The subtlety in Kruger’s portrayal should not be mistaken for ambiguity. In contrast to Temperance Brenner on "Bones," whom actress Emily Deschanel described as “almost having Asperger's,” there's a consistent commitment to showing how Sonya's autism affects every interaction in her life, from the professional to the personal.
For example, when Marco tries to be friendly and tells his wife on the phone that his new co-worker says hi, Sonya immediately gets annoyed and confused over the niceties, saying, “I didn't say hello. I don't know her.” When she is anxious, Sonya exhibits stimming, a repetitive self-stimulatory body movement that is a hallmark of autism. When Sonya can tell her shirt smells, she simply changes it in front of Hank, her older, male boss, without any recognition of inappropriateness, but he tells her exasperatedly, “I told you to use the ladies' room.” Without a single word of explanation, Sonya’s autism becomes apparent not only through her own dialogue and gestures, but through the reactions of those around her.
The series does not shy away from showing Sonya (or other characters, for that matter) having sex, allowing Sonya to display a trait associated with spectrum disorders: extreme honesty, even in sensitive and sexual situations. In one scene in the second episode, Sonya walks into a bar. Kruger's expressions make her come across as more antsy than alluring. A charming cowboy type quickly approaches and asks if he can buy her a drink; she says no, and, unsurprisingly, he walks away. Sonya follows him, though, and says, “Why'd you walk away? I just didn't want a drink.” Before he can formulate a full response, she says, “Want to have sex, yes or no?” with the same casualness and impatience as someone hungry and eager to just pick a restaurant. When she brings him back to her place, she tells him they should have a drink first and pours only him a glass of wine. There's a shakiness to her action, suggesting it's unnatural to her but she knows she's supposed to do these things when she brings a man home for sex.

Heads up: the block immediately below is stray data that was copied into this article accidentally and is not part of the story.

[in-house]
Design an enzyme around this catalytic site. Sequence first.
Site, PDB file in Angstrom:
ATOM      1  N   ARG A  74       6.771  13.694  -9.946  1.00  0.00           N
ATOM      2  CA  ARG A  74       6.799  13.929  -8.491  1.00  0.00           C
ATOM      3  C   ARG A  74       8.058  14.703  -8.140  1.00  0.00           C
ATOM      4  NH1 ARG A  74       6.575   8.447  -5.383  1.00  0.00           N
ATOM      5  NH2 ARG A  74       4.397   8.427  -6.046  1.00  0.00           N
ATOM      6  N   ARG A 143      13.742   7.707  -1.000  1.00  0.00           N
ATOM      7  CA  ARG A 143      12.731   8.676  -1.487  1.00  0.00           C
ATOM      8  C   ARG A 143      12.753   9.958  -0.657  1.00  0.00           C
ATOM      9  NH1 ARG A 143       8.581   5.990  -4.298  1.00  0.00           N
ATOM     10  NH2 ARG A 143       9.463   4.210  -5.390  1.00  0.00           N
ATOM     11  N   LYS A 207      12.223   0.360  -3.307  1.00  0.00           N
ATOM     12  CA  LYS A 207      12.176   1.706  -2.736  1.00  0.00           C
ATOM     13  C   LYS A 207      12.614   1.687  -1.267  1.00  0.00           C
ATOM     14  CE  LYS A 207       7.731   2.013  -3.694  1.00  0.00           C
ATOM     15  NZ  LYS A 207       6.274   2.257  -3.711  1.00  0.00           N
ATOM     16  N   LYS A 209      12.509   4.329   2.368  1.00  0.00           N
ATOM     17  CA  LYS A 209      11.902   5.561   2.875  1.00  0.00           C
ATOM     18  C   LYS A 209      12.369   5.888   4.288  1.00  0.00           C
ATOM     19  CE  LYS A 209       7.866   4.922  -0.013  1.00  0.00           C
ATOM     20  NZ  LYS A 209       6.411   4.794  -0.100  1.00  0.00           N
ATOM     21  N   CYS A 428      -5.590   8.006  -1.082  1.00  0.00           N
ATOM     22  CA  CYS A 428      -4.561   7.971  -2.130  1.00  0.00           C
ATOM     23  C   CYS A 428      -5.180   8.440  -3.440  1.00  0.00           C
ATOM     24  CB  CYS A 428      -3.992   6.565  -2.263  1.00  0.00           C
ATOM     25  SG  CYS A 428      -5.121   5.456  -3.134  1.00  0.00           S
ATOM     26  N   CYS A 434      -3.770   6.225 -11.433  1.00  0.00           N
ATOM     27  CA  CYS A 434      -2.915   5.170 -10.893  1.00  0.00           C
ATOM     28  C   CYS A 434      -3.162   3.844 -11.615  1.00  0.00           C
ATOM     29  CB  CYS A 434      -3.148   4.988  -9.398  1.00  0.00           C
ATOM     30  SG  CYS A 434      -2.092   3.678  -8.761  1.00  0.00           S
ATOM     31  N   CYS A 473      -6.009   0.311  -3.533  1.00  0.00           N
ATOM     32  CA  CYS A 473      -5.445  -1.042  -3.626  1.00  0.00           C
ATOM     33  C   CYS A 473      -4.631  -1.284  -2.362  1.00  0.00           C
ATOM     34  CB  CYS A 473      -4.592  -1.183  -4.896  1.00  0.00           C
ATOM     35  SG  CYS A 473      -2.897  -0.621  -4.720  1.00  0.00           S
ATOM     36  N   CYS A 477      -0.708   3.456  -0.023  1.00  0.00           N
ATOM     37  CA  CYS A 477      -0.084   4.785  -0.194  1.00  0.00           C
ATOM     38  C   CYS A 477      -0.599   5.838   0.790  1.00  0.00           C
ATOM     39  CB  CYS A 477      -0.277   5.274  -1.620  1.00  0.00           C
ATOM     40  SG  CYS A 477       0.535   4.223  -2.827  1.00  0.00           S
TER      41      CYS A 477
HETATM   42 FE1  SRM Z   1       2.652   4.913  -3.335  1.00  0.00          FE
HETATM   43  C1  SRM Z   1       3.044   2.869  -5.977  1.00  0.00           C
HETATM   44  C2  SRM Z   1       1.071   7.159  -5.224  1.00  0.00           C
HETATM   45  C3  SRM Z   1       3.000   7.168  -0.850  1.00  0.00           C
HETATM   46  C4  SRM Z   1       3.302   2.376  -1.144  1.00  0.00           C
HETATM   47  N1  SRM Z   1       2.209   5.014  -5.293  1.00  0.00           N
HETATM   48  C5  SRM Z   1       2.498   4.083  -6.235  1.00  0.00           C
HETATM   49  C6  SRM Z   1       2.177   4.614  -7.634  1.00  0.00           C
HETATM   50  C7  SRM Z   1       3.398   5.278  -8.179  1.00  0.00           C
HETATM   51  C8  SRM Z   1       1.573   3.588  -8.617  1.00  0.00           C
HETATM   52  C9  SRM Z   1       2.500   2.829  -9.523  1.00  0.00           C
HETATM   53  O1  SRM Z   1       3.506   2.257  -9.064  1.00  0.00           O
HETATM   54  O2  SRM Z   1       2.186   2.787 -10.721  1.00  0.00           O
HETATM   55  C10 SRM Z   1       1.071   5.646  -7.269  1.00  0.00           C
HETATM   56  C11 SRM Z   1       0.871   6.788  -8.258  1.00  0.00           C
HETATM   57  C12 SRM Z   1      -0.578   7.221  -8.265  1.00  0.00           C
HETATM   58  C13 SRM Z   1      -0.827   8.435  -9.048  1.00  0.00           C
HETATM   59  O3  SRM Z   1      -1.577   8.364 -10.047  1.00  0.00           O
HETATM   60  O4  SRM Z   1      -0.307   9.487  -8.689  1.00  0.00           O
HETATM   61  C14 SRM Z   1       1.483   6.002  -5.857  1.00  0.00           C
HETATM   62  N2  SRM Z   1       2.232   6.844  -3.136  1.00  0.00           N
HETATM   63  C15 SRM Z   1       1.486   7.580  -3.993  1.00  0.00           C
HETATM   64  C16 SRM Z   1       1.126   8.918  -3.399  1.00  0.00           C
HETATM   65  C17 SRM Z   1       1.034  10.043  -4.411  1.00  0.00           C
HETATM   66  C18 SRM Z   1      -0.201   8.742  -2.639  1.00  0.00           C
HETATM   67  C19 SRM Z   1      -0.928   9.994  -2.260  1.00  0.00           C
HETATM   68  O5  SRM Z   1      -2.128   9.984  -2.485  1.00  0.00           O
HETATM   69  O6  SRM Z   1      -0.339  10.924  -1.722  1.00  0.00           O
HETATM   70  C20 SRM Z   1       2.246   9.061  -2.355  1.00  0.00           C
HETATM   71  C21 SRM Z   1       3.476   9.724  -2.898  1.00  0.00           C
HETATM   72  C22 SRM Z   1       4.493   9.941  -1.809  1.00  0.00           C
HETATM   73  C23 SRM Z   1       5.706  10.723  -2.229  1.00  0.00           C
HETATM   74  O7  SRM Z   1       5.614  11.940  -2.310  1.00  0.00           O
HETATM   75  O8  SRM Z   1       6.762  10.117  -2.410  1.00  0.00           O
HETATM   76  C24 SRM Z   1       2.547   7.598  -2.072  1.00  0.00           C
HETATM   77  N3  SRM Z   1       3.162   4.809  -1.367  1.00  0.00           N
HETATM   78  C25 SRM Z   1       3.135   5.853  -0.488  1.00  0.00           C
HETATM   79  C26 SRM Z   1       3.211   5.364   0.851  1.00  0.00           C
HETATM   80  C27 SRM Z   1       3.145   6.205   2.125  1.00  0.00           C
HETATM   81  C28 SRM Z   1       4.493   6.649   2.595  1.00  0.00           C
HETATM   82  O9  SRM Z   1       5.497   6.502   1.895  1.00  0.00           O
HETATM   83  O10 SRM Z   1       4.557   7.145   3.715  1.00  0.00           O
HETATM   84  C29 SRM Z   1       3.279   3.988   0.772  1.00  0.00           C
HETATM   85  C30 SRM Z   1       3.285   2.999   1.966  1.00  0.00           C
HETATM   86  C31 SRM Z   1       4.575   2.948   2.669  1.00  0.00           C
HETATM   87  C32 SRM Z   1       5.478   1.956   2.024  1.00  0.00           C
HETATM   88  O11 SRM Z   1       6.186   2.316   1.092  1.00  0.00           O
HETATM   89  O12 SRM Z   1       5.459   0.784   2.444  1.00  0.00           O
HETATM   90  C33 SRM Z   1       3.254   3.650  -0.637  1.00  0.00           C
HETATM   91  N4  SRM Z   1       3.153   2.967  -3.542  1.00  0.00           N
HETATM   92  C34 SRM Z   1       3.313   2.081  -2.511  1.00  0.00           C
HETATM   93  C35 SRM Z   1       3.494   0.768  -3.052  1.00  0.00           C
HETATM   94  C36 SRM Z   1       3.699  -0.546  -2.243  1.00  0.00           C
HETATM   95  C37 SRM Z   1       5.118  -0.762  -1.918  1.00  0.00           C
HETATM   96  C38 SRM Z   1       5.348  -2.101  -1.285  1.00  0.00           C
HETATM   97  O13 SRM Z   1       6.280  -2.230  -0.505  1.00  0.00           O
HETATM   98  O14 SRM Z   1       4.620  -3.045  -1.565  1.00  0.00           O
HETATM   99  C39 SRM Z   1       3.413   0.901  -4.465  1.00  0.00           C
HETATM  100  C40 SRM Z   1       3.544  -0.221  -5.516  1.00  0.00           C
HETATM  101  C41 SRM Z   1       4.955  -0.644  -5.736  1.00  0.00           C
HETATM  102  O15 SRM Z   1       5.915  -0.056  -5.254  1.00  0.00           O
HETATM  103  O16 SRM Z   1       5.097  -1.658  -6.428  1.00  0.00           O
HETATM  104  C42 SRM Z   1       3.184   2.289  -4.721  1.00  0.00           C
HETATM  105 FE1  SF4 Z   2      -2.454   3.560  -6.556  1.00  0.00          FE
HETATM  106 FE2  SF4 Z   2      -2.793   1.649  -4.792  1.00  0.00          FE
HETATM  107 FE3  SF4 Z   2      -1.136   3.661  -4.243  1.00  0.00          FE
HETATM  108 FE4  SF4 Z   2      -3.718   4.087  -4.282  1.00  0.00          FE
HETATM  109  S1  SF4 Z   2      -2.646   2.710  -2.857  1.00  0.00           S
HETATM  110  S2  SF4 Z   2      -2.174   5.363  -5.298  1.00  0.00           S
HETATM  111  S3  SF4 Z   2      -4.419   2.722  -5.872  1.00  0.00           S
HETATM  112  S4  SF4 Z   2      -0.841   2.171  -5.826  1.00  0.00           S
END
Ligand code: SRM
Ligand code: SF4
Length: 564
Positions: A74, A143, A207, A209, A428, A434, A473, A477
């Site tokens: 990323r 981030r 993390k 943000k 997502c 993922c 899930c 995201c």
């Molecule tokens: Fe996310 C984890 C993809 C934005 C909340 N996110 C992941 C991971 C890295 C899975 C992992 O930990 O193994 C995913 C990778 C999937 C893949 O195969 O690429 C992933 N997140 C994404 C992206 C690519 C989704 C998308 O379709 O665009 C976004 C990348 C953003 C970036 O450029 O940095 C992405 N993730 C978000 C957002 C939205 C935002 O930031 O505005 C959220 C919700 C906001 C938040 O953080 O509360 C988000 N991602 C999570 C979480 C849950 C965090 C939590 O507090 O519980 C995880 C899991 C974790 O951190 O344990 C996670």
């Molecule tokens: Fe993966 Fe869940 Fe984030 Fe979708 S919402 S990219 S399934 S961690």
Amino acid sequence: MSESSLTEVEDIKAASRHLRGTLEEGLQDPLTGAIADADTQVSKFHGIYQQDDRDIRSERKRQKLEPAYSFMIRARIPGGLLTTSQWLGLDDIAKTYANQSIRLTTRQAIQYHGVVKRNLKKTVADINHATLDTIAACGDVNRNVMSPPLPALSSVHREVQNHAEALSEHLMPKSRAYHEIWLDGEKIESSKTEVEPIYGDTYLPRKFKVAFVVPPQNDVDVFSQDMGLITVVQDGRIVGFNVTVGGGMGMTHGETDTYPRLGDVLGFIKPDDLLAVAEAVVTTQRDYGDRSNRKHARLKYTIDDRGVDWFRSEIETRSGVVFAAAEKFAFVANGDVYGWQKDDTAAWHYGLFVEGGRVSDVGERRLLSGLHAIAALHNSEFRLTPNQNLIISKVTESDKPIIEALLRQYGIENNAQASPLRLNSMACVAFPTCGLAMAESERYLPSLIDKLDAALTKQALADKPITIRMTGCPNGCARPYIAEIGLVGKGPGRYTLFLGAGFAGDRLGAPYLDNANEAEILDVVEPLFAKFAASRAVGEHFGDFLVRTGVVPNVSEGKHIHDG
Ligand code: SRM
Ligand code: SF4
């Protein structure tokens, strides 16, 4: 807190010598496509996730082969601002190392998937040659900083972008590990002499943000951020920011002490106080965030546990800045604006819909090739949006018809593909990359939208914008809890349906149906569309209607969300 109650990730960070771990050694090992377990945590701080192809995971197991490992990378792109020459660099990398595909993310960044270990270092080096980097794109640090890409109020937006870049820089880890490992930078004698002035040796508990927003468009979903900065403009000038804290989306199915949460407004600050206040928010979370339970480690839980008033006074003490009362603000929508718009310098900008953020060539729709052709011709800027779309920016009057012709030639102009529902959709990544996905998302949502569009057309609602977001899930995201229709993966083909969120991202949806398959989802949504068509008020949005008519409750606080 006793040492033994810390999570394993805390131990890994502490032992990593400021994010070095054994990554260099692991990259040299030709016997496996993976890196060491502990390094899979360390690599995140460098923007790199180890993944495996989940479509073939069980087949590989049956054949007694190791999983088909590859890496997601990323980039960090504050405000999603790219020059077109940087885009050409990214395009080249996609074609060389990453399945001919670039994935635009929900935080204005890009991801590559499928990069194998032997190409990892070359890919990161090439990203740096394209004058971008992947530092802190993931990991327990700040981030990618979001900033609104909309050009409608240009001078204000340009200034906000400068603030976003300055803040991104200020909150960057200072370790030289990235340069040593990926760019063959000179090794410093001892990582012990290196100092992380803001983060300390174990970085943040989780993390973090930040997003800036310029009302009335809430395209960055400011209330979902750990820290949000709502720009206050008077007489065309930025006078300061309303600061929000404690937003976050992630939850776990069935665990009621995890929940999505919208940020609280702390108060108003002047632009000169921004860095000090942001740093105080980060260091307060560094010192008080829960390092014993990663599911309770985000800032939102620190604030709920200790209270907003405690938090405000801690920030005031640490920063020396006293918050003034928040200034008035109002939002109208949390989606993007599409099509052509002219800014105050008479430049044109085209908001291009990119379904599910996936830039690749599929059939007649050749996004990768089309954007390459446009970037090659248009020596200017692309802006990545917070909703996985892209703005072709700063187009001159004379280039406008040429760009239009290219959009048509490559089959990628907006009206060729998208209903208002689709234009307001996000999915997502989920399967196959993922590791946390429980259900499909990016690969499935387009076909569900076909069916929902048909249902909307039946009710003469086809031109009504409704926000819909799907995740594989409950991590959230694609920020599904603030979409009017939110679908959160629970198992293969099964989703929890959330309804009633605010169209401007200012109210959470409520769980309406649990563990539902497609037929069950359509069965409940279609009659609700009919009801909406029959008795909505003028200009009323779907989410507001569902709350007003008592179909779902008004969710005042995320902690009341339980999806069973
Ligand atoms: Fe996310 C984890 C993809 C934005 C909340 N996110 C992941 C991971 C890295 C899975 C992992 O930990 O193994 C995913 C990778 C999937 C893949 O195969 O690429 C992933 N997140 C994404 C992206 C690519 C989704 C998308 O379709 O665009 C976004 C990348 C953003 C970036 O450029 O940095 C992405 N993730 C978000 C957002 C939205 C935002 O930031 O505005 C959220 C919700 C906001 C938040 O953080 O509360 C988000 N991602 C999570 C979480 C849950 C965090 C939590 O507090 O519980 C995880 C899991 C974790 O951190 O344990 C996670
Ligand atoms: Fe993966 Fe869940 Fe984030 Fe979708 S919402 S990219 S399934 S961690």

At times Kruger's physical beauty can almost distract from how unusually forward Sonya’s sexual behavior is. If your average-looking 20-something male on the spectrum were as sexually blunt as Sonya is, the audience might not be so charmed. Yet, even in these scenes, despite her beauty, the blunt dialogue and Kruger's emotionless expression of sexual hunger illustrate that Sonya is outside the realm of neurotypical behavior and, even more revealing, is often not aware of it.
All of which is not to say the show is perfect in its depiction of autism spectrum disorders. The pilot felt the shakiest of the first three episodes and the least fluid in the expression of Sonya's autism. There were moments of tremendous self-possession and confidence that jaggedly switched to somewhat stereotypical robotic dialogue. This may be explained by the fact that FX filmed it before hiring Alex Plank, the founder of WrongPlanet.net, a highly popular online community for people on the spectrum, to be a consultant on the series.
Under Plank’s guidance, the show made changes, like giving Sonya a stim and making her smile, as opposed to having only a stereotypical blank stare throughout the pilot. Still, it was important to Plank that her autism remain unstated and subtle in its expression. “I feel with FX, AMC, HBO, you don't have to beat them over the head with everything,” he said. “ I don't tell everyone at work I'm autistic. Her character definitely wouldn't tell everyone.”